The youngsters came into Tonia Cole’s kindergarten classroom to find breakfast – Cocoa Puffs, milk, graham crackers, and a juice box – on their desks to begin the school day on a full stomach.
“It helps set the tone for the day,” said Cole. “The kids not only know the routine, but they also understand breakfast in the morning is a great way to start the day.” She uses the first 10-minute of class to feed her 17 students at School 1 every morning.
Across the district, youngsters in K-8 grades, receive breakfast in classrooms after the bell rings. Students in 9-12 grades, who are not served in classrooms, get their breakfast from “grab and go” kiosks.
“For some of our students, this could be, unfortunately, their only meal today,” said superintendent Eileen Shafer. Indeed, the city is one of the poorest in New Jersey. It has a 30-percent poverty rate.
The program has improved attendance, reduced nurse visits, and cut back on students sleeping in class. Education advocates lobbied for the program arguing hungry students do not learn. Their lobbying efforts succeeded when the district agreed to pilot the in-class breakfast program in 2012-13 at School 8.
The number of students served breakfast has increased more than three-fold since 2011-12 school year. In the 2016-17 school year, the program served 17,600 students or 69-percent of the district. This is a marked increase from the 5,700 students or 22-percent breakfast participation in 2011-12, prior to the implementation of the “breakfast after the bell” program.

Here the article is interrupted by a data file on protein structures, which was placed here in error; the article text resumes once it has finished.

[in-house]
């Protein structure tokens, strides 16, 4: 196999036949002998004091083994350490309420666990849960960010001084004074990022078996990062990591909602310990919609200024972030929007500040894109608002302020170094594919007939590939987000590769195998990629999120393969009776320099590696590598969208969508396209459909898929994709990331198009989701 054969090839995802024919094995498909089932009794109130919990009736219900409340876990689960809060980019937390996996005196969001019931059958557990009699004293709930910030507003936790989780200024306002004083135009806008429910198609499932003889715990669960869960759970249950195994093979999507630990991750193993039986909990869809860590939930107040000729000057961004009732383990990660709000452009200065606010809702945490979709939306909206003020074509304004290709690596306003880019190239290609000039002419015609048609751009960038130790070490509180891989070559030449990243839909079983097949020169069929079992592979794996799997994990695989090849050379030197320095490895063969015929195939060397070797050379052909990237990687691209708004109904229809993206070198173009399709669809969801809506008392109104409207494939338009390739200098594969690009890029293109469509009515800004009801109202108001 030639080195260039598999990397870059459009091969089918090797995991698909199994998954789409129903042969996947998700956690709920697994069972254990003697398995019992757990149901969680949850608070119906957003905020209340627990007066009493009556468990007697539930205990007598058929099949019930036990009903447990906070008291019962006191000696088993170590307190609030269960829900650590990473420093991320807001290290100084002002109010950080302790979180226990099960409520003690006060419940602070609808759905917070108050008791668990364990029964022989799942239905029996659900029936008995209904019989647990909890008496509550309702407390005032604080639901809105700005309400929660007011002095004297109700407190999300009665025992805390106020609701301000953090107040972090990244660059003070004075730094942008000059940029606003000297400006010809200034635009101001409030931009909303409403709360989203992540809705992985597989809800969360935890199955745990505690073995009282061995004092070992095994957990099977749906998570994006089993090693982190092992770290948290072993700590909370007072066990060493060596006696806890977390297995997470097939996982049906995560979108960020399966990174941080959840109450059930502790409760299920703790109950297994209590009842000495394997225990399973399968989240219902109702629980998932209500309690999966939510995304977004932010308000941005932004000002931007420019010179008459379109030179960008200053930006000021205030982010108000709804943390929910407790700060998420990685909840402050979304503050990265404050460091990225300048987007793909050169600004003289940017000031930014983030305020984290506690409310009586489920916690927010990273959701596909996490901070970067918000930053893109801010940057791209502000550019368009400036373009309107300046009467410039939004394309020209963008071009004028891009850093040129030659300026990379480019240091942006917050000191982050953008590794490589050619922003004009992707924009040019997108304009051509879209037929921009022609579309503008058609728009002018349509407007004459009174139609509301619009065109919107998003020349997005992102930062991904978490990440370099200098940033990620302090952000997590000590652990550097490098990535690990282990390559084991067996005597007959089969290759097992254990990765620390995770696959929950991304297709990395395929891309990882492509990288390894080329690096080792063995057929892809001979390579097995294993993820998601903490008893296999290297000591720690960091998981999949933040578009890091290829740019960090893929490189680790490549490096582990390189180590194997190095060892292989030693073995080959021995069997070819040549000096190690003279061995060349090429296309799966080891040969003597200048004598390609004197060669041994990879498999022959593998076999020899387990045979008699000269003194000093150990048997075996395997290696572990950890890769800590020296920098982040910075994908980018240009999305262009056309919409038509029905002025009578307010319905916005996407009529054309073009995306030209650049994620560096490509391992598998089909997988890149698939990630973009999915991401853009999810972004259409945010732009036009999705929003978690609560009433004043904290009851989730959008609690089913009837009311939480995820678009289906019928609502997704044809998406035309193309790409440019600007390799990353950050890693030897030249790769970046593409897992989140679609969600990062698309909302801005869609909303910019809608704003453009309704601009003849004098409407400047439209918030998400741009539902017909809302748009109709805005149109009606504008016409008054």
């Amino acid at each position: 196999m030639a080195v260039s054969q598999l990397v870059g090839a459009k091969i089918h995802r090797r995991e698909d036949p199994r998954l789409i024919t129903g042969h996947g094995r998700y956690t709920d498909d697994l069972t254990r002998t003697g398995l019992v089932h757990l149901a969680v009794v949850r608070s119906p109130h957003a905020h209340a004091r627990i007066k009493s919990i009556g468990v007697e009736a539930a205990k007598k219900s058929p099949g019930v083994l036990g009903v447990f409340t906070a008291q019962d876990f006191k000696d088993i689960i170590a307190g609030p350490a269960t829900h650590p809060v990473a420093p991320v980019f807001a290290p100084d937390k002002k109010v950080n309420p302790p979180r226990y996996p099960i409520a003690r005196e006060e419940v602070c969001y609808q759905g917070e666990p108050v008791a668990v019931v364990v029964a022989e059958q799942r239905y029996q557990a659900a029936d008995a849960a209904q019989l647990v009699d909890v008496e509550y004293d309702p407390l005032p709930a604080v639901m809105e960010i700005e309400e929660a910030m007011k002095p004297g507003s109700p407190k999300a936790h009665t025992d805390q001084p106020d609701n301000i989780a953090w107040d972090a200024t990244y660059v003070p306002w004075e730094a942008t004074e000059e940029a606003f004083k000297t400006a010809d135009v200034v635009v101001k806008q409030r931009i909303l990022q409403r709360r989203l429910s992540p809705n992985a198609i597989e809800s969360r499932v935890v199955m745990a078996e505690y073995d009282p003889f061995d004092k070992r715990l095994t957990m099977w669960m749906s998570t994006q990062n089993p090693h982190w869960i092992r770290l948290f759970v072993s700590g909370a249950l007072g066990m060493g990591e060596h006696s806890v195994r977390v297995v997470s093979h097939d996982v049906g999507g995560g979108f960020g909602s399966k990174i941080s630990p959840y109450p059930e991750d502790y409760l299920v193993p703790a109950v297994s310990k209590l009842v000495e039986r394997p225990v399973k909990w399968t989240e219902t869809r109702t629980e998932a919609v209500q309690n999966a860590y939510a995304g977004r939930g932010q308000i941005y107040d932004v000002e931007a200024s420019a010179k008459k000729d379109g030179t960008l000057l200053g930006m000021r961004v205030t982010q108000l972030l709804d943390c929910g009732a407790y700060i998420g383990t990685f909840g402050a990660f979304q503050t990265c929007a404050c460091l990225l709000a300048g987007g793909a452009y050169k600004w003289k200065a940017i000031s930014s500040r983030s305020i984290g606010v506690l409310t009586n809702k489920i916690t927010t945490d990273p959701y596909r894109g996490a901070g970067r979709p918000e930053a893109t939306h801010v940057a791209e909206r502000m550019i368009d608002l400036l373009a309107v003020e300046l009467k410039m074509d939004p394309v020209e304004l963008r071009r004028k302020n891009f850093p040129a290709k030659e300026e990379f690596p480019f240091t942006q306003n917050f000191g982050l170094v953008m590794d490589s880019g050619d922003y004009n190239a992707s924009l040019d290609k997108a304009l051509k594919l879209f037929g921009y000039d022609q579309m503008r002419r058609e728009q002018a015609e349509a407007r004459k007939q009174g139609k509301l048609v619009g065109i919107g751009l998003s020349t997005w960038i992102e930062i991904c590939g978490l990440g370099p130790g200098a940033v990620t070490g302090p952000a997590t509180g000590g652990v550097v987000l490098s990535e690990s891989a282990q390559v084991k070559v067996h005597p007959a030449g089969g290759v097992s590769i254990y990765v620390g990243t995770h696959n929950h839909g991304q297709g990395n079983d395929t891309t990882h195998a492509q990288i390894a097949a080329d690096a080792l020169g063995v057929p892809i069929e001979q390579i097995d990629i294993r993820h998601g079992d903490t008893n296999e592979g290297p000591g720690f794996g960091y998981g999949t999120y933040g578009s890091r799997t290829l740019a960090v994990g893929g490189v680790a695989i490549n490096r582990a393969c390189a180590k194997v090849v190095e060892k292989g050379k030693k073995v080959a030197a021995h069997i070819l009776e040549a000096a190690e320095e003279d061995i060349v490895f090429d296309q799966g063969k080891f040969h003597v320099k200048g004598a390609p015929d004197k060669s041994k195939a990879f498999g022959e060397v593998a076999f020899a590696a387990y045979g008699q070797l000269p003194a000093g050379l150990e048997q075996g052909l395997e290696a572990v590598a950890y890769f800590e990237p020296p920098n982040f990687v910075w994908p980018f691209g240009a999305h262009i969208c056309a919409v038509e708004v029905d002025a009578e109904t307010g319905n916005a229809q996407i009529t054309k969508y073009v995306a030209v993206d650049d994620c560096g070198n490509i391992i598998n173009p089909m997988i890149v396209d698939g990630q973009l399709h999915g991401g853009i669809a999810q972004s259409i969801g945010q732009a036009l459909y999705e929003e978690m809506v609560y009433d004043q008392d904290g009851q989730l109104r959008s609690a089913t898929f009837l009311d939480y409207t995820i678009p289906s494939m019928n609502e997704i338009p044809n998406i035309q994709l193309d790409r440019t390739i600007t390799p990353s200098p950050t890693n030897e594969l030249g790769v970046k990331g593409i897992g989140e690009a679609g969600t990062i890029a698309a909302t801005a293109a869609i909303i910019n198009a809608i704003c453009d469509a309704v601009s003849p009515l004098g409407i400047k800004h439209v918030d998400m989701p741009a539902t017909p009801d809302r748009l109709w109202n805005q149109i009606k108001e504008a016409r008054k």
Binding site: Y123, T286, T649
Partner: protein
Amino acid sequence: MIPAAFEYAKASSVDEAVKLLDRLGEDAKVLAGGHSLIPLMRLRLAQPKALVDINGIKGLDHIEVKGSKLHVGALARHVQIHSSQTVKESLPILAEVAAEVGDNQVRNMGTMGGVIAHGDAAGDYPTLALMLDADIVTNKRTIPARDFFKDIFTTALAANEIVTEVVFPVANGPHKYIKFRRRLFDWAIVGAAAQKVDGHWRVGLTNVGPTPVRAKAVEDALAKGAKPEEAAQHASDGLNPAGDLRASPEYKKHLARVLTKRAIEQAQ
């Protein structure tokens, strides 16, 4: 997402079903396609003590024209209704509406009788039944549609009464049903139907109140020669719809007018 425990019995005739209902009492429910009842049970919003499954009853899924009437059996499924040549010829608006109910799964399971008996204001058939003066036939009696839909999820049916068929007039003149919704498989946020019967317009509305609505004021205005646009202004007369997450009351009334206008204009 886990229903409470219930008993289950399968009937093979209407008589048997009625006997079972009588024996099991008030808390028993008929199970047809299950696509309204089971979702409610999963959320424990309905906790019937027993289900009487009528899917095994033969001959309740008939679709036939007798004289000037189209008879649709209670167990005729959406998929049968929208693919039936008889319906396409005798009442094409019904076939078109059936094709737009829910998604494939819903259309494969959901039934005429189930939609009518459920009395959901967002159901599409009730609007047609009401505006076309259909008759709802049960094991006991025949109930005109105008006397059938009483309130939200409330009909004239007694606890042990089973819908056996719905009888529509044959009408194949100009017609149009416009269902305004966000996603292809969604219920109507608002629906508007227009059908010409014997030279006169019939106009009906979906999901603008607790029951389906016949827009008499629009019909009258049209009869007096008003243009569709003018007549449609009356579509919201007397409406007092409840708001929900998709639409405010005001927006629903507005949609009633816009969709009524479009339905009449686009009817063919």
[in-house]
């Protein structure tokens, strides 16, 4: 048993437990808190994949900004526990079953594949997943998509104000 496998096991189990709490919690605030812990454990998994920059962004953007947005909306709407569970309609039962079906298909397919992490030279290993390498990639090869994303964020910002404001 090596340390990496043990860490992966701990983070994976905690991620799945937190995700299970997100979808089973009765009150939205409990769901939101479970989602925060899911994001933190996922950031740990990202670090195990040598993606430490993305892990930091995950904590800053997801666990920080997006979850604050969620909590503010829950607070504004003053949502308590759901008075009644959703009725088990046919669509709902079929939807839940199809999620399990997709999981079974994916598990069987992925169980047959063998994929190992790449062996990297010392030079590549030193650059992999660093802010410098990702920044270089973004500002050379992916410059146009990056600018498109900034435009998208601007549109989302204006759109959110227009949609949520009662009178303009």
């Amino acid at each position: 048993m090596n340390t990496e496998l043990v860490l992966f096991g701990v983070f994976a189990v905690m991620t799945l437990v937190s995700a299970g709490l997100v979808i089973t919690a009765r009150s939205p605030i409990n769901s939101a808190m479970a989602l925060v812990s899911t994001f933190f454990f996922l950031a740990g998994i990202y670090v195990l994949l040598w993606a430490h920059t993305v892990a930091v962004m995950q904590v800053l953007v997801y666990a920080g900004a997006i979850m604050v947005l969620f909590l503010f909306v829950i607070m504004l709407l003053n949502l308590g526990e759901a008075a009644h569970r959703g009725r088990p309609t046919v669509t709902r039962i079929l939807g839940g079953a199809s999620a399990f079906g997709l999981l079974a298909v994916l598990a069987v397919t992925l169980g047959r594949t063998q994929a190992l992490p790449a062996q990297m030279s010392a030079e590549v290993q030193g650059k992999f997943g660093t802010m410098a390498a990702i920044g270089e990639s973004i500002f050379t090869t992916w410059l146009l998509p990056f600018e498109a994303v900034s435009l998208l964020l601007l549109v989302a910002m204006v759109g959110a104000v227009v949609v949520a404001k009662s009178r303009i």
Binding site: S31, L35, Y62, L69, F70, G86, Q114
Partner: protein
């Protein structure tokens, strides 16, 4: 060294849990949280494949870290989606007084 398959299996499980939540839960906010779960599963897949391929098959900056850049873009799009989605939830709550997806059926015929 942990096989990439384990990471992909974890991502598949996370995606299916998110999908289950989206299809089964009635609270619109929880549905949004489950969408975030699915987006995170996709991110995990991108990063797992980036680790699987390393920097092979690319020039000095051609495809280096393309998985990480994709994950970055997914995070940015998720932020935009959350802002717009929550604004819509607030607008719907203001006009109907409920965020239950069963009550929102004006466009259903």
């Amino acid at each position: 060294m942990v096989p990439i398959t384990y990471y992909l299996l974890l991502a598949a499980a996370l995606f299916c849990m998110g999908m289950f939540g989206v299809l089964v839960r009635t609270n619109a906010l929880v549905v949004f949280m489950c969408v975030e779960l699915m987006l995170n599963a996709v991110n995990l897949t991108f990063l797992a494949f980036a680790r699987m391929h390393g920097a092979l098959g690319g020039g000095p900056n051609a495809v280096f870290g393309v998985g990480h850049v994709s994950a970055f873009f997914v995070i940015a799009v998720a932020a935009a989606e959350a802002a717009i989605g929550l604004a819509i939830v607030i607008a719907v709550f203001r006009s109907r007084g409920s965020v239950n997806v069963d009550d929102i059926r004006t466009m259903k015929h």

District officials received praise from local, state, and federal officials for running a successful program on Tuesday morning. New Jersey secretary of agriculture Douglas Fisher and newly confirmed state education commissioner Lamont Repollet joined Shafer in visiting two classrooms at School 1 and 26.
“Hats off to Paterson for getting these numbers to really pop,” said New Jersey secretary of agriculture Douglas Fisher citing the increase from 22 to 69-percent.
The increase happened over a six-year period with the expansion of the in-class breakfast program. Breakfast participation went from 22 to 25-percent in 2012-13 with a single school providing in-class breakfast. In 2013-14, it climbed to 28-percent with the participation of six schools. The next year more schools joined boosting the number to 51-percent. In 2015-16, the program was fully implemented and the number climbed to 66-percent.
Repollet said in-class breakfast for youngsters lets them “jump start” their day. He liked the idea of older students delivering food to classrooms every morning for their younger schoolmates.
Shafer gave credit to Linda Reid of the Paterson Parent Education Organizing Council and Rosie Grant of the Paterson Education Fund for pushing the district to implement the “breakfast after the bell” program.
“I’m thrilled,” said Grant at the success of the program. ”It was a hard start.” School principals and teachers had to be convinced to offer breakfast in classrooms. It’s still somewhat of a hard start for some in September.
Sometimes youngsters drop food or spill milk, but it’s not too messy for Cole. “They have to get used to opening the milk and pouring the milk. Once they get the routine down, they know what to do,” said Cole.
Cole turns breakfast time into a lesson. “We do a lot of math during this time,” she said. Students count cereal and identify shapes of containers.
“It’s the most critical meal of the day. Studies underscore having a good breakfast allows children to perform better in school,” said Diana Limbacher, deputy regional administrator for the U.S. Department of Agriculture (USDA), which funds the breakfast and lunch programs through the state. “We’re basically advancing the future of our children by making sure they have a good breakfast.”
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